OSCEOLA, Wis. -- Heroic efforts by a woman and her neighbor saved two of the woman's three children in a mobile home fire early Thursday, but her 7-year-old son died in the blaze.
The cause of the fire that killed Andrew Long is under investigation, but it appears to have started in the middle of the home, where he was asleep in the top bunk bed.
Neighbor Clay Erickson, 21, said he was awakened by the sounds of exploding glass and loud crackling just after midnight in his home about 20 feet from the Long residence in the Robo Village Mobile Home Park.
He said he saw the three-bedroom mobile home was on fire, and he woke his fiancee, Michelle Johnson, 20, and sprinted outside into the 4-degree air as she called 911.
He gave the following account of what happened next:
Flames were shooting out the front door, so he ran toward screams for help and saw Alisha Long clutching her 2-year-old daughter, Aurora, inside a shattered window.
Long threw the baby to him and then disappeared back into the smoke and fire.
Erickson smashed out the rest of the window pane, took a breath and jumped through the window, grabbed a burnt and bleeding Alisha Long and guided her out through the window.
Safely outside, Long began screaming for her other two children. Erickson went back in and found a soot-covered Alexandria, 12, emerging from the smoke. He guided her out, which left only Andrew inside.
Erickson had never been in the Longs' home and did not know where the boy's bedroom was. Alisha Long yelled for her son to come to the window and yelled for Erickson to go to the other side of the home, near the middle, where the fire was strongest and where Andrew was sleeping.
Erickson went to the other side of the home but found the fire was too intense for him to go in a third time.
"I couldn't see in the smoke. Flames were coming from the windows, everything was hot, like a giant oven opened. I feel bad I hesitated. I shouldn't have. I should have just jumped in, just did it. I feel sick that I didn't."
The childrens' father, John Long Jr., arrived home from working the night shift 20 to 30 minutes after the fire started, as firefighters were putting out the blaze.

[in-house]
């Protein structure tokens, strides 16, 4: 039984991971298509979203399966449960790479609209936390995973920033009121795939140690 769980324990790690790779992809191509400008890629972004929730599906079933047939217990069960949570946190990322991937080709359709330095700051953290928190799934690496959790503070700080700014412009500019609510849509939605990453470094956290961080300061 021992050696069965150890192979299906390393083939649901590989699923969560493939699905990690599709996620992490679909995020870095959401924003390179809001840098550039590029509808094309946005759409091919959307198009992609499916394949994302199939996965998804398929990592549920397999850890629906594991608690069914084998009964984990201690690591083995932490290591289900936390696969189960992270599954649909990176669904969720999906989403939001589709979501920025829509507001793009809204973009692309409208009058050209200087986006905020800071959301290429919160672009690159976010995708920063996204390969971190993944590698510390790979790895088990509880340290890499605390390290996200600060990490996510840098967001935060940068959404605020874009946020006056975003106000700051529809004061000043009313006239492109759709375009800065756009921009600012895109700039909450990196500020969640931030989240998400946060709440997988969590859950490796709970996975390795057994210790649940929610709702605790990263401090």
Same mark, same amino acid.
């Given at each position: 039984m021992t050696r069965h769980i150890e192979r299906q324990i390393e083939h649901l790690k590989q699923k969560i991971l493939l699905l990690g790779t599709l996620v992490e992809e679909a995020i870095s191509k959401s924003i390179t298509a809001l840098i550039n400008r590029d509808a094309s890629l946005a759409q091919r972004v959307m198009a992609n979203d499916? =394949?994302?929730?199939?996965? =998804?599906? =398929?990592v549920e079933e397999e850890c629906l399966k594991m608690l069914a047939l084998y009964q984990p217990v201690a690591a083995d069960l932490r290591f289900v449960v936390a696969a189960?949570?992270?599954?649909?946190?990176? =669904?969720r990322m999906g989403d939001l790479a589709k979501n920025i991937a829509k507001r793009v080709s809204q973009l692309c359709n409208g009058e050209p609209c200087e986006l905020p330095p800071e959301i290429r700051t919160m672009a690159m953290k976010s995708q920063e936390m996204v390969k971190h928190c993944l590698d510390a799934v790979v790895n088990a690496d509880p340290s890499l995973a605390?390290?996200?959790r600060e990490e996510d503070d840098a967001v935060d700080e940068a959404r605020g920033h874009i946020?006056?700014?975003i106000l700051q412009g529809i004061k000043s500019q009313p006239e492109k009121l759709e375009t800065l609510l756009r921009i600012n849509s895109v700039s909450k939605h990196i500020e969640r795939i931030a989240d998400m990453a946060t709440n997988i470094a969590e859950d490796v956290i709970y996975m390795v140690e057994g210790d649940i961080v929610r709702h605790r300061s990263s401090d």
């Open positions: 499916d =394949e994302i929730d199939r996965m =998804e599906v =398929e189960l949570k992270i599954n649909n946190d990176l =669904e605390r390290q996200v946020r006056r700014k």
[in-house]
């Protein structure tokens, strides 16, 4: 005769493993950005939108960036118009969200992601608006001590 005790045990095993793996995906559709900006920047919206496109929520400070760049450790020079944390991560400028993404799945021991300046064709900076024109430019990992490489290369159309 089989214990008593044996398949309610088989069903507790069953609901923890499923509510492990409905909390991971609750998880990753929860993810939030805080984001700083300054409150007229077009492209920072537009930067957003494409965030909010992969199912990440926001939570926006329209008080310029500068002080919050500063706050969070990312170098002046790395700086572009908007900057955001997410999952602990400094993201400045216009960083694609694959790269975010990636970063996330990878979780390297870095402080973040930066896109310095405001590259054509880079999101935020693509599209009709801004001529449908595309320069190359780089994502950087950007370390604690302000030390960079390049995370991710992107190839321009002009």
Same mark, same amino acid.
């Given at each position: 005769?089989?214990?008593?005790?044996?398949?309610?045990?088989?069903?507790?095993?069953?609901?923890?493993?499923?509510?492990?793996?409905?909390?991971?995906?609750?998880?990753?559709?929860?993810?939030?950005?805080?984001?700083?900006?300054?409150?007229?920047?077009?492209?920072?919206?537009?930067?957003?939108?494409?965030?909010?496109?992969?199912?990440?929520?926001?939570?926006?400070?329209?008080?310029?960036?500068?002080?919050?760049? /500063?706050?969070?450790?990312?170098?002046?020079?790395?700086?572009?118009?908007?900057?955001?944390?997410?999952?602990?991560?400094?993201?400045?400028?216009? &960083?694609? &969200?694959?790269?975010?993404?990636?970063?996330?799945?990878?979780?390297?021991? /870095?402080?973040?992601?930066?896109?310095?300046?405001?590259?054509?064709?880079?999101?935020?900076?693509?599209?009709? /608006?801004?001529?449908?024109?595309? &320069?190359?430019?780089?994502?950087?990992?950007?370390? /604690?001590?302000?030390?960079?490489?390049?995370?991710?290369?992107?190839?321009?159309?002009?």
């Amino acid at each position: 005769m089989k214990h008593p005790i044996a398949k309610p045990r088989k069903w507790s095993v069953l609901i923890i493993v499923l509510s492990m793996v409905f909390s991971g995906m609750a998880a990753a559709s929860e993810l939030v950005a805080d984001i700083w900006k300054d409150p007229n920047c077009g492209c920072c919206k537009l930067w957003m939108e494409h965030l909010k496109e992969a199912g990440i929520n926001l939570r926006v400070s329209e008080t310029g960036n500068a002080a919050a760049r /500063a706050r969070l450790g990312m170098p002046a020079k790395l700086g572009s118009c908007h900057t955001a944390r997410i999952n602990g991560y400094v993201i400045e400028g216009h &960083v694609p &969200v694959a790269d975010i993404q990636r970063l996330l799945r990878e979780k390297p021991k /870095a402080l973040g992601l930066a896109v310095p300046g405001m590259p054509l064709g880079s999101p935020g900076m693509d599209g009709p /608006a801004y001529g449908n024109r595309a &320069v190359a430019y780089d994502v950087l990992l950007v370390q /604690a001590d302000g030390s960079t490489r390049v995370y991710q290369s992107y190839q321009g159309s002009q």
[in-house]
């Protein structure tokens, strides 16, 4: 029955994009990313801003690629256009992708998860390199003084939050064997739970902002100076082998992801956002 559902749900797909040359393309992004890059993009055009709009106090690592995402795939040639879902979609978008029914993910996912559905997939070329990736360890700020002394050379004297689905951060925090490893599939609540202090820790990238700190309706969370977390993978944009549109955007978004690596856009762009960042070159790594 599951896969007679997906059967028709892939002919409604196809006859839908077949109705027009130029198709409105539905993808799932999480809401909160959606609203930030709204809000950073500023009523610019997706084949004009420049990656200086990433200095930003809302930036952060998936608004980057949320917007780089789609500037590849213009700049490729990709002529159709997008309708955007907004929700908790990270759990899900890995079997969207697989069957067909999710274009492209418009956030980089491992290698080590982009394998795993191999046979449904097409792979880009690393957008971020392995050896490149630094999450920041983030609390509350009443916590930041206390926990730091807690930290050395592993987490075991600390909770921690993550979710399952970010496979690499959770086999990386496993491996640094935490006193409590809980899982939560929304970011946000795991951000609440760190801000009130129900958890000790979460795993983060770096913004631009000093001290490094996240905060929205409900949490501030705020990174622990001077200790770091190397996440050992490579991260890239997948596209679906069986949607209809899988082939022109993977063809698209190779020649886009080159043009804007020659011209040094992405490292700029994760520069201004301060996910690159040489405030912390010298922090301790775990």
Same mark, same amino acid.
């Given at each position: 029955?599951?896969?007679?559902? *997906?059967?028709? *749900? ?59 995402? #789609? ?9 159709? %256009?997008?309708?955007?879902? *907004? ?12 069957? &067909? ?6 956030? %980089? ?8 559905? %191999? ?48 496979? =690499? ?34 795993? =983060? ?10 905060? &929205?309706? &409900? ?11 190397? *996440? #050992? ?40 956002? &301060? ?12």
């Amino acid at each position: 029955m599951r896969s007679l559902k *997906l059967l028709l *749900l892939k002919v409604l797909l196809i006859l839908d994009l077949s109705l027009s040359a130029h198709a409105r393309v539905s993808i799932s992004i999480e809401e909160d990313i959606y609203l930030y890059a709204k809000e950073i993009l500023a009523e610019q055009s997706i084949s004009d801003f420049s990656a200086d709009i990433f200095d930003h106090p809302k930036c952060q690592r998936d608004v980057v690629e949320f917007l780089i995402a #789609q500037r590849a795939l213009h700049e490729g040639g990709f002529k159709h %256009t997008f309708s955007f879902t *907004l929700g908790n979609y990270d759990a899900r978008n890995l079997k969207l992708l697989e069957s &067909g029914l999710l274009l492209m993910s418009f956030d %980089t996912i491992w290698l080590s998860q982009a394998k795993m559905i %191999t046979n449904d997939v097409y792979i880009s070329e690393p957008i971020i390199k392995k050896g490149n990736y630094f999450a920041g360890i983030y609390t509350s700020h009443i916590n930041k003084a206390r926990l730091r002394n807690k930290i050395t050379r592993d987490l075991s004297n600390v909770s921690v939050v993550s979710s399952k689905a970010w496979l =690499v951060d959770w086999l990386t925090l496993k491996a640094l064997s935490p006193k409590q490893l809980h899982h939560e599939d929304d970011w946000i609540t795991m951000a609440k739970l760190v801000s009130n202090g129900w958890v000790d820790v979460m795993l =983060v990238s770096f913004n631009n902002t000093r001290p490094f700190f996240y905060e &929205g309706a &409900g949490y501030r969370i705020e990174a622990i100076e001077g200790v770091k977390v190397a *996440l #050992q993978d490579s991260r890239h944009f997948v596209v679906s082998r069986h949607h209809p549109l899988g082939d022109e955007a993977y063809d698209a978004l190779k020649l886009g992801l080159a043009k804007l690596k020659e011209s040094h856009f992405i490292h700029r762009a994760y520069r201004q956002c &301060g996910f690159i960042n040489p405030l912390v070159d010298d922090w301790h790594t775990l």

Erickson denied he did anything heroic. "Anyone would have done it."
Osceola Fire Chief Carl Rossi sees it differently.
"I know he is distraught that he couldn't save the boy, but he is a hero," Rossi said. "He made a valiant effort. He and the mother rescued two children. "Had be gone back in there he'd have become a victim too. It was an old trailer. The walls have paneling, not Sheetrock, so the fire spreads rapidly. He would have been overcome by smoke."
It was the first time in his 20 years with the department, Rossi said, that a private citizen has entered a burning building to save a life. He estimated six people have died in fires in the last 20 years in the St. Croix River community of 2,100 about 45 miles northeast of St. Paul.
About a minute after the 911 call was received from Michelle Johnson, Osceola police officer Mike Jarvey arrived at the scene, followed quickly by 19 Osceola Fire Department volunteers.
"It was engulfed in flames," said Jarvey. "The flames literally knocked me back."
The state fire marshal has been asked to assist in the investigation. All that remained of the trailer Thursday was the back master bedroom.
Alexandria and Aurora were treated in Osceola for minor injuries and released. Alisha Long was transferred to Regions Hospital in St. Paul, where she was in serious condition Thursday evening. She was being treated for burns and smoke inhalation.
The Long family moved to the mobile home park eight months ago, neighbors said. The Longs released a statement through Regions Hospital thanking family, friends and strangers for their generosity. "Andy's spirit lives on through the compassion of others," the statement said.
Andrew, a second-grader at Osceola Elementary School who was known as Andy, "had a big, toothy grin, loved to give hugs and was a peach of a kid," said his principal Peggy Weber. School counselors visited classrooms Thursday to meet with children at the K-2 school.